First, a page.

Forests and Human Health June-25-2014

Editor's words

Collaboration between researchers in universities and research institutes has always been found to be highly important in order to broaden our knowledge and enhance multi-disciplinary scientific work. Finland will try to achieve increased collaboration between researchers in the area of natural resources by merging the Finnish Forest Research Institute (Metla), MTT Agrifood Research Finland, the Finnish Game and Fisheries Research Institute (RKTL) and the statistical services of the Information Centre of the Ministry of Agriculture and Forestry (Tike) under a new entity called the Natural Resources Institute Finland. This will happen at the beginning of 2015. In this newsletter we introduce research activities into bioactive compounds and intensifying wild berry production in MTT Agrifood Research Finland. It is promising that new collaborative projects in the area of the health-promoting effects of forests and non-wood forest products will be achievable.

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Organisation

International Society of Nature and Forest Medicine

The International Society of Nature and Forest Medicine (INFOM) was founded on January 1st 2011, after a year of preparation. INFOM has been a strong supporter of the progress and development of research involving Nature and Forest Medicine, a new field that has advanced in recent years with the development of medical equipment related to natural and life sciences. INFOM works for the advancement of nature medicine as well as contributing to health, welfare and integrated medical care. The purpose of the society is to generate global influence through international cooperation.

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Current research

Intensifying wild berry production in Finnish boreal forests

The forest may at first seem to be quite an unexpected research field for scientists working in MTT Agrifood Finland, although it is administrated by the same Ministry of Agriculture and Forestry as the Finnish Forest Research Institute. Traditionally, Finnish forests have produced raw material for the pulp, paper and sawmill industries, whereas raw materials for the food industry have been produced by agriculture. However, forests produce many NWFPs (Non-Wood Forest Products), which are utilized by the food, pharmaceutical and wellbeing industries. Forest berries are the flagship of these NWFPs in Finland.

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Research on bioactive compounds at MTT Agrifood Research Finland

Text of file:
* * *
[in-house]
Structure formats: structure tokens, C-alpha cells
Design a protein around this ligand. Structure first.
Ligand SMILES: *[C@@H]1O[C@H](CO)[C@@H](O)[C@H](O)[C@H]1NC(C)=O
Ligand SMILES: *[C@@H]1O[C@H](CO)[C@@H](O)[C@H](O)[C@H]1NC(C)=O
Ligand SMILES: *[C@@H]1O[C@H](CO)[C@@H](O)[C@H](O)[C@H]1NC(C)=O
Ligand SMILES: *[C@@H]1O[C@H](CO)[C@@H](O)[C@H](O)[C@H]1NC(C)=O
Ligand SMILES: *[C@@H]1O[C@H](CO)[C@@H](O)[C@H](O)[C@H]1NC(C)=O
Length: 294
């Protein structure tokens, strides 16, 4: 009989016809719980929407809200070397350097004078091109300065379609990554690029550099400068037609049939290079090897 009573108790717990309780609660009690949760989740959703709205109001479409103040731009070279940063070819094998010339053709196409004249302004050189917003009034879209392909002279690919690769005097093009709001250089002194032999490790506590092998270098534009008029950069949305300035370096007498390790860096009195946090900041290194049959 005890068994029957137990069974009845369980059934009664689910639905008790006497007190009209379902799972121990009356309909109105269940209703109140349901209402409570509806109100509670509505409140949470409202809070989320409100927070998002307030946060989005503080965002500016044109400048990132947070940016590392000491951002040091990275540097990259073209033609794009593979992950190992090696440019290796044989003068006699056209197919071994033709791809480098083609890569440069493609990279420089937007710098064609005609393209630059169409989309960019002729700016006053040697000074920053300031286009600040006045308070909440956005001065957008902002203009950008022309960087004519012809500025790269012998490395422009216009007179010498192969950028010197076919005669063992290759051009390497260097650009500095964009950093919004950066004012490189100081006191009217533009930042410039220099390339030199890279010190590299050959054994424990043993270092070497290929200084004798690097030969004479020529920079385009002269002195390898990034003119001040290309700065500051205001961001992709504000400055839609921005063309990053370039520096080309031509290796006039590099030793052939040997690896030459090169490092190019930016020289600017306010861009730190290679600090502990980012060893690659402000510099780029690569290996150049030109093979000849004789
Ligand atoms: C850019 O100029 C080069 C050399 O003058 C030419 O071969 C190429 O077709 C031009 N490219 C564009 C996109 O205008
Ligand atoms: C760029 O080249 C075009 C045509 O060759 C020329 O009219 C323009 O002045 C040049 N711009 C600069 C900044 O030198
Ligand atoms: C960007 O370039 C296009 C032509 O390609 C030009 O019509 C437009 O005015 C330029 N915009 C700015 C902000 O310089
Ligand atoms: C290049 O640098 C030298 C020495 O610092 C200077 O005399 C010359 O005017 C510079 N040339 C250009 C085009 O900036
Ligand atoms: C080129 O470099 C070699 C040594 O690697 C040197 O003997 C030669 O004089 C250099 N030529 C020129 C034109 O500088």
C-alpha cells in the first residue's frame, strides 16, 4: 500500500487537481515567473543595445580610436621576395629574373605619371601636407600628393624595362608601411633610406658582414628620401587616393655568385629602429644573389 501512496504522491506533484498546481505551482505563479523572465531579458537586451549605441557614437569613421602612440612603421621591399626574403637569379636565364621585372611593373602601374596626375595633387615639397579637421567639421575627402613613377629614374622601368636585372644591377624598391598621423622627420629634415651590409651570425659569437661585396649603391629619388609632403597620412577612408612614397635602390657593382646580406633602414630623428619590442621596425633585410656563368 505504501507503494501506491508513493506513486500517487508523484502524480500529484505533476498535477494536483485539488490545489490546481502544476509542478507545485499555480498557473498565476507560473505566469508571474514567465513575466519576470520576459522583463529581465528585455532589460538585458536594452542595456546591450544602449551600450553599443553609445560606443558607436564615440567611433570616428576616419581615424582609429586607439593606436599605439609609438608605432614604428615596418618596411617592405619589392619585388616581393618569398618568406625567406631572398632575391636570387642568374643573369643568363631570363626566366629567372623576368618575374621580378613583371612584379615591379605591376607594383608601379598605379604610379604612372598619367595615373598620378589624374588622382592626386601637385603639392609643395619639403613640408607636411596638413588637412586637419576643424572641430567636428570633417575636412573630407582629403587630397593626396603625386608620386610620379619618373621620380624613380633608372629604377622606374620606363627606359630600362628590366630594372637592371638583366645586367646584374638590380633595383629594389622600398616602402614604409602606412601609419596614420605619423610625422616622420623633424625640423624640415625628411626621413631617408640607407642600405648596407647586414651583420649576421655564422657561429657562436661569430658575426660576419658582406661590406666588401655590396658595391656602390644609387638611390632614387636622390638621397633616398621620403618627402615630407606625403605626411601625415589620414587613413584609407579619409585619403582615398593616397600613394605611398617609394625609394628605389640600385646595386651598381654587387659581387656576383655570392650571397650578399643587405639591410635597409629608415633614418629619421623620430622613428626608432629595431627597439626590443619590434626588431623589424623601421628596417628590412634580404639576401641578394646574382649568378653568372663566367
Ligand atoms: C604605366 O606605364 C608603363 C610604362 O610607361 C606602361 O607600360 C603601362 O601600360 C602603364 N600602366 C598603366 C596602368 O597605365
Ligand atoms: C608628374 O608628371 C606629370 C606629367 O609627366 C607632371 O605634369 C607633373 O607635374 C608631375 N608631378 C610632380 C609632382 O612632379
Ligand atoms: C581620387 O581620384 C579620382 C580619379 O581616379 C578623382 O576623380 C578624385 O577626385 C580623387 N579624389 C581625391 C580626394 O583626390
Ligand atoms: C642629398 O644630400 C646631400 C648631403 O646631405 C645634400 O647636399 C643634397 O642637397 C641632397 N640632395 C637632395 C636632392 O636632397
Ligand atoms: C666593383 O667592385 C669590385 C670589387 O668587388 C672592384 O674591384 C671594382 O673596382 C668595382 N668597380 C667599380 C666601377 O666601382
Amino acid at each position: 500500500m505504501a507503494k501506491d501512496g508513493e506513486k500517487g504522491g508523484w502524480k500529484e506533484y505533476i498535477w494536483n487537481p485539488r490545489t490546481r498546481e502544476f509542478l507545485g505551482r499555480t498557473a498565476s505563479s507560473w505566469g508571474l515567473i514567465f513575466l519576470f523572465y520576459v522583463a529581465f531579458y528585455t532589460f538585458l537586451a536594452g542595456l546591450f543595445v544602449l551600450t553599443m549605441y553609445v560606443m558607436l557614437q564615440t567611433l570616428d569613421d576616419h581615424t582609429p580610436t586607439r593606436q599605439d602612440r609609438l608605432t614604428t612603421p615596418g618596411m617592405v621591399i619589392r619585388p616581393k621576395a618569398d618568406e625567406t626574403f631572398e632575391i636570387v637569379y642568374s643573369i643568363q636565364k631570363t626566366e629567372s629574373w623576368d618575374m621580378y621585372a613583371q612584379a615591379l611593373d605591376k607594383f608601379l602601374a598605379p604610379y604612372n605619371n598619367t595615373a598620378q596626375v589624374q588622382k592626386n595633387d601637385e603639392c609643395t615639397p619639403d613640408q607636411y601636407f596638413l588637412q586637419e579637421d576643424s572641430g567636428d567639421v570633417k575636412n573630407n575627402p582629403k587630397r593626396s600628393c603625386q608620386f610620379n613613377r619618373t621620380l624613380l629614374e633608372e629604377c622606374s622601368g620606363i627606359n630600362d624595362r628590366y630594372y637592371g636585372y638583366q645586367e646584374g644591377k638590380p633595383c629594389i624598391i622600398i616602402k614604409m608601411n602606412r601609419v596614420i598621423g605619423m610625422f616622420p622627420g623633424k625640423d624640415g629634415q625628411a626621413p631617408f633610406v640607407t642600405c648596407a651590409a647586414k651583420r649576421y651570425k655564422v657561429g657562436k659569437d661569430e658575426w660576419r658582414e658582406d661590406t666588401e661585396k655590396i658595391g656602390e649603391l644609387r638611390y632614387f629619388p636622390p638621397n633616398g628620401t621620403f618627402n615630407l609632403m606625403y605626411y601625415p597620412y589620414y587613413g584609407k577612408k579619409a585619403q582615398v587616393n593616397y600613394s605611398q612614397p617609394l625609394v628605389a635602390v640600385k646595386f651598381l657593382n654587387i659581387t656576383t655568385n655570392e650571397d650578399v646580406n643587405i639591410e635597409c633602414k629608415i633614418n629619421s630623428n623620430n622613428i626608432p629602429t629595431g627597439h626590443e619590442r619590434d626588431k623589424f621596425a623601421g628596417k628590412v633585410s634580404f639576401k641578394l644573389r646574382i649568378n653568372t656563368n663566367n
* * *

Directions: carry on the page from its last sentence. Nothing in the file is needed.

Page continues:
The Biomolecules team of MTT’s Biotechnology and Food Research unit produces valued research on the occurrence of food biomolecules and their health effects. We focus on the development of new, innovative, health promoting and sustainable food solutions with an emphasis on the identification and exploitation of bioactive molecules delivering potential health-promoting effects. Current areas of specialization are e.g. polyphenols and other secondary metabolites, proteins, bioactive peptides, vitamins and fibre. For example, fruits, berries, mushrooms, vegetables as well as the utilization of food processing side streams are studied.

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Increasing evidence of beneficial effects of nature on health

Stress is a growing problem in urbanized societies and modern living environments. At the same time, the potential for green areas to provide relief from stress and to improve living environments and quality of life has been more widely recognized. However, this knowledge is not yet properly integrated into land use policy and urban planning or in health care services. A joint Finnish-Japanese research project 'Stress-reducing quality of urban green areas' funded by the Academy of Finland and the Japanese Society for the Promotion of Science has produced knowledge about the qualities of green areas that generate stress-reducing outcomes in urban dwelling. This research has expanded further within “Green infrastructures for health in the future living environments” (GreenHealth) also funded by the Academy of Finland. The implementation of joint research results has been discussed together with practitioners and other stakeholders in national seminars. 

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Forthcoming events >

Selected Publications >

This is the newsletter of the Forests and Human Health task force of IUFRO (The International Union of Forest Research Organizations). It is distributed electronically to members of the task force and all others interested.

You can subscribe it for free or un-subscribe by sending a message to info@metla.fi. Task force members can submit news or feature articles to the newsletter. The editors reserve the customary right to editorial decisions concerning submissions.

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Comments: Lu-Min Vaario, firstname.lastname@metla.fi